4 Things You Should Know About RV Work Camping
1. How Much do You Make Work Camping?
One of the things you should know about RV work camping is the compensation expectations. On the app, jobs are specific about how workers will be paid. Be aware that some jobs will pay for all your hours worked. Others will be considered “volunteers” and will only provide a campsite with a certain number of hours worked.
If you are retired and don’t need an income, these volunteer jobs are perfect. You get first dibs at a site, you don’t have to work a lot of hours, 20 is typical, and can spend time exploring a specific area. Those looking to cut down on their overall RV costs and enjoy the area may find this workamping situation the best.
Work campers can also work a certain number of hours for their site and then get any other hours paid outright. Some campgrounds only require you to work your site hours while others do have money to pay for more.
Is Work Camping Worth It?
If you are working for your site, here is a little formula to calculate how much you are receiving based on the worth of your site. Take the number of hours you are required to work and divide that by the site’s monthly rate to get an hourly rate you would be paid instead of working for your site.
Let’s say you are required to work 24 hours a week, 96 hours a month. The site goes for a monthly rate of $1,500/96 which is about $15 per hour. Not bad. We’ve seen some of these calculations that come out to be just $5 an hour or less. That is not really a good deal for a work camper.
Ex: $1,500 monthly campsite rate/96 hrs required work a month= $15 per hour
Some campgrounds pay all hours worked, provide your site for free, include the utility hookups, and more. The actual pay can be minimum wage and up. Do your homework, as some state’s minimum wage is much better than others.
There are some work camping situations where the campground pays you for your hours worked, but your campsite is not one of the benefits. After taxes and the cost of the campsite’s monthly rate, if you need that extra income, this may not be the right workamping job for you.
Just make sure you do the math before you click the “Apply for Gig” button. You want to make sure you are getting everything you need from the position.
Of course, you can find some great work packages too. You just need to begin seeking employment several months in advance. At this time, campgrounds are having difficulty finding people to work so the demand is high and the pay is good. They are pulling out all the stops to recruit workers.
Pay raises during the season and bonuses are not unheard of in the work camping world. Some owners/managers pay bonuses to couples who stay until the end of the season. Some offer a bonus if you choose to come back for another season.
2. How Much Do Campground Hosts Get Paid?
Camp hosts often work at national, state, county, and municipal campgrounds in either volunteer or paid positions. Most of the positions are volunteer. A camp host provides visitors with information, staff visitor’s centers, and museums. They also provide general housekeeping, maintenance, and any other needed work.
3. Is an RV Campsite With Full Hookups Included?
As I mentioned earlier, work campers generally get full hook-ups as part of their compensation. They sometimes must work a certain number of hours to “pay” for their site. Sometimes the cost of the site is free. Electricity is generally included, as well as water and sewer. I’ve heard of some that give a stipend every month for electricity which is paid out and the end of a completed season.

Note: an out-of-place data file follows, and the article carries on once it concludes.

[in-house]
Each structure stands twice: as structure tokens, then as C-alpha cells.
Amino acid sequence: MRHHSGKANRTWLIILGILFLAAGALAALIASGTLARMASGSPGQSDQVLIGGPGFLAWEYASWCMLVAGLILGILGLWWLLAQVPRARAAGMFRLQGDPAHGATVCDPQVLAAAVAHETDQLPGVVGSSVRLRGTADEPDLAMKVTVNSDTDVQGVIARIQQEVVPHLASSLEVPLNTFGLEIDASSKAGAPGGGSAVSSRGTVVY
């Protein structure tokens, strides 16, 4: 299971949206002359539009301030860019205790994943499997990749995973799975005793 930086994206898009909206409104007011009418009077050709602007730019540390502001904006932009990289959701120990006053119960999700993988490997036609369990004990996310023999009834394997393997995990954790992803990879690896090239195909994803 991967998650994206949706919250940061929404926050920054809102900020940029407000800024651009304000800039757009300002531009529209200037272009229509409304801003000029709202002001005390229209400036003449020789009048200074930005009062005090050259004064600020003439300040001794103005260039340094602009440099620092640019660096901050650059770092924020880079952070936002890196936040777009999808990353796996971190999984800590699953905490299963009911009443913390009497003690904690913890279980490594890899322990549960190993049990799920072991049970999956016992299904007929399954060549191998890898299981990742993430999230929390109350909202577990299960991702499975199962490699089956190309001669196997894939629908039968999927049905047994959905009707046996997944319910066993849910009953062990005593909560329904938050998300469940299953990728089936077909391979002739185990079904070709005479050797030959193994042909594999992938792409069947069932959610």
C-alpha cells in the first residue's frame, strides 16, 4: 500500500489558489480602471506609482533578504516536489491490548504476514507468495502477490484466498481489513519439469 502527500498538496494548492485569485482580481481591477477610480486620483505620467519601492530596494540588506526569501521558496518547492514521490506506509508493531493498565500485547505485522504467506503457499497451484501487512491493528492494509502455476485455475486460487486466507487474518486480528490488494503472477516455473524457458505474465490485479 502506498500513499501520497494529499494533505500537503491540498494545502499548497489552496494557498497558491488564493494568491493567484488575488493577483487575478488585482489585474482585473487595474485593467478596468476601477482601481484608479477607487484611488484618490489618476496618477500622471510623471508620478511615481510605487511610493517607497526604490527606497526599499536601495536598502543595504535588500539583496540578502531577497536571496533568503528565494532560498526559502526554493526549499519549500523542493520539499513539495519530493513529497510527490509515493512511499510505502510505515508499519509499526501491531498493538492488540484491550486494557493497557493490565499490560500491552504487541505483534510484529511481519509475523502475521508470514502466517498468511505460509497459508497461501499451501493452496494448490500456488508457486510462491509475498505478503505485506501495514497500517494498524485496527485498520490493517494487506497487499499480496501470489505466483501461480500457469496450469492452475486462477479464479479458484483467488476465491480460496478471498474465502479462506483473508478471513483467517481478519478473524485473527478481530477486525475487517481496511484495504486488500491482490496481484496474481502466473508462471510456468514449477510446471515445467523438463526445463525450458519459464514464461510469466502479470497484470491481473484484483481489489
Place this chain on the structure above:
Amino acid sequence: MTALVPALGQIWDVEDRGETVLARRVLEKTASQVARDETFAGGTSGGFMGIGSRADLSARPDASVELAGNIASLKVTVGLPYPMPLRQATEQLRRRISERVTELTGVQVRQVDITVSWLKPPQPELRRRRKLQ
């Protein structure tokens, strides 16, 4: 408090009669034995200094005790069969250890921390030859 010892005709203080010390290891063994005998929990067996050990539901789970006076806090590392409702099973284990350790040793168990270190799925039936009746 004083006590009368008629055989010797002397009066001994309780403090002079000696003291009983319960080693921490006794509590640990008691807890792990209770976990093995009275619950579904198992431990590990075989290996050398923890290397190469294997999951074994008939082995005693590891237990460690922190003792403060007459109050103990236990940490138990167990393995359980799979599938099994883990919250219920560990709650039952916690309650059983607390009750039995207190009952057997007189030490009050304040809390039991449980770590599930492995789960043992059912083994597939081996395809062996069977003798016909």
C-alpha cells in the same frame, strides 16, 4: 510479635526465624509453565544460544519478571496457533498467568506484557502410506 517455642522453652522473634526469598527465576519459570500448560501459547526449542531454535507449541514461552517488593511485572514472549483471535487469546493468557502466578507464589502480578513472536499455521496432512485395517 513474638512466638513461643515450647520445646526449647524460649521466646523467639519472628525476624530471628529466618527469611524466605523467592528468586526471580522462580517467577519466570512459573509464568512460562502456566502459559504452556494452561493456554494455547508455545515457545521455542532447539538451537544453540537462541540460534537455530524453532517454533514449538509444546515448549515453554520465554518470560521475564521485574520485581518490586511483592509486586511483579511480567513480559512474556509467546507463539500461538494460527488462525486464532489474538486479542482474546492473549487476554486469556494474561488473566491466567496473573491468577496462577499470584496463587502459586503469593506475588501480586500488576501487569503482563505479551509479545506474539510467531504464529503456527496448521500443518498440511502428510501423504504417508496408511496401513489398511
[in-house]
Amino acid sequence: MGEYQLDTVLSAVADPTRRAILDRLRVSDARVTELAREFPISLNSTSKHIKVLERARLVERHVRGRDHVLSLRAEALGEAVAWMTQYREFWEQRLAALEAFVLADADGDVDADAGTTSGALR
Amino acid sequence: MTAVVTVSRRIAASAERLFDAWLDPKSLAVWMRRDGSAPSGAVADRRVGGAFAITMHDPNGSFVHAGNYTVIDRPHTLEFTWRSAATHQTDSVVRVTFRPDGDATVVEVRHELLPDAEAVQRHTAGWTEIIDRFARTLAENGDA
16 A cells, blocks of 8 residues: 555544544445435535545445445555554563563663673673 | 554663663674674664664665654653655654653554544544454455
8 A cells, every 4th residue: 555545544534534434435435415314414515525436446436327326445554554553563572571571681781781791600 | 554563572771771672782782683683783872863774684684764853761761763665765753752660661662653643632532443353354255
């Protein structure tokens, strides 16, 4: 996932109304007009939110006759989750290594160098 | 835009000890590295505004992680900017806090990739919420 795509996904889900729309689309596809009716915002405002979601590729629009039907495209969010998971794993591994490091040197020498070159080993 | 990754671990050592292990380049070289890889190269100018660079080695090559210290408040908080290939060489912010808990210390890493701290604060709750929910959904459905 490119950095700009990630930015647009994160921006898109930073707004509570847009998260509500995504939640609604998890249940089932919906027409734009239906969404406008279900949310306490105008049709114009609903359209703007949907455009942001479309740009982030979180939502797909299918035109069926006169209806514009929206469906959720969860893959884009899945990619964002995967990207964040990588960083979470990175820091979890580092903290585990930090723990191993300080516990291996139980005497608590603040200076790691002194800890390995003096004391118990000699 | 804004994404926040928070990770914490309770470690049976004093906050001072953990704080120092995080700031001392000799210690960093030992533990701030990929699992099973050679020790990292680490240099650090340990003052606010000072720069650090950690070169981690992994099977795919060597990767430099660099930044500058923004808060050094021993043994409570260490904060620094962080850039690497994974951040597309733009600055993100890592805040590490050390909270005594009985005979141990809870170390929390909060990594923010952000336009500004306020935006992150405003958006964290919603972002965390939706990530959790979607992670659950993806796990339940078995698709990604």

At one of our recent work camping positions, we were fortunate enough to get our laundry free, as well as a professional rig wash every six weeks. In another position we held, we were able to use the resort’s activities for free, as well as discounts for merchandise and food at the restaurant. Amenities with your work package can be a big boost to accepting a work camper position.
4. Are Work Camping Jobs Available at State and National Parks?
State and national parks generally utilize volunteers who work a certain number of hours for their site. Be aware that these jobs are not easy to obtain and it can be a long process. The lag time is due to the hiring process. All candidates must submit information for a very comprehensive background check.
Even if it is a volunteer position, there are still a number of others waiting for the same jobs. Patience is key, as the lengthy process can whittle down the number of applicants.
CamperGig is The Best App for Finding Work Camping and Volunteer Jobs
CamperGigs is the best app for finding work camping and volunteer jobs. It saves you time by showing you the most paid and volunteer gigs across the country. You’ll also learn everything about the positions without having to click out of the app.
The app has already kicked off with a bang and has exceeded its creators’ expectations. Phil and Shar had RVers in mind when they created the app. Don’t wait to get on the bandwagon and find your next volunteer or work camper gig. It’s simple and easy to use for both the job seeker and the employer.
About the Author
Terri Nighswonger and her husband Todd are full-time RVers and work campers. They have been living full-time in their RV for nearly three years with their Cavalier King Charles Spaniel, Newton, and their Minnie Australian Shepherd, Remi.
They originate from the Midwest but plan to enjoy the west for a few years, wintering in Arizona and summering wherever the road may lead. Writing is Terri’s passion, but she also loves hiking, kayaking, walking her dogs, and anything she can do outdoors.